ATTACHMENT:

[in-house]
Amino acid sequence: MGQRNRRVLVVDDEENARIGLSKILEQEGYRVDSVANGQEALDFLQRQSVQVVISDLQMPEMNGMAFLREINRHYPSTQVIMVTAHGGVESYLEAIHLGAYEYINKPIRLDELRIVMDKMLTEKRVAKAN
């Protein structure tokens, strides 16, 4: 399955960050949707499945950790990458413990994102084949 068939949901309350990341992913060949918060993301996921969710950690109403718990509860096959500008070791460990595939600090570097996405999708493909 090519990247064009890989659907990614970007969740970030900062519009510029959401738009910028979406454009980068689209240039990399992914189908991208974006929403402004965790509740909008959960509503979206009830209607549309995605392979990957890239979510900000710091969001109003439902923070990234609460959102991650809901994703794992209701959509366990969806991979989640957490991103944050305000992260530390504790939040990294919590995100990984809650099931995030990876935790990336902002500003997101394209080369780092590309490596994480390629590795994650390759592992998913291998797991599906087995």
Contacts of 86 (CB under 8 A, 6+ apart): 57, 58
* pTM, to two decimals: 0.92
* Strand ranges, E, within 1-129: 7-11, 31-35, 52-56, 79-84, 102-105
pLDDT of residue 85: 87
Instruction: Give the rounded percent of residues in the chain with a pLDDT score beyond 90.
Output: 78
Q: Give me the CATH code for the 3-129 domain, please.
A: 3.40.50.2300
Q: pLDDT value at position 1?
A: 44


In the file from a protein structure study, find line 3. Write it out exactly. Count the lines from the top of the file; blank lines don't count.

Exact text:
């Protein structure tokens, strides 16, 4: 399955960050949707499945950790990458413990994102084949 068939949901309350990341992913060949918060993301996921969710950690109403718990509860096959500008070791460990595939600090570097996405999708493909 090519990247064009890989659907990614970007969740970030900062519009510029959401738009910028979406454009980068689209240039990399992914189908991208974006929403402004965790509740909008959960509503979206009830209607549309995605392979990957890239979510900000710091969001109003439902923070990234609460959102991650809901994703794992209701959509366990969806991979989640957490991103944050305000992260530390504790939040990294919590995100990984809650099931995030990876935790990336902002500003997101394209080369780092590309490596994480390629590795994650390759592992998913291998797991599906087995």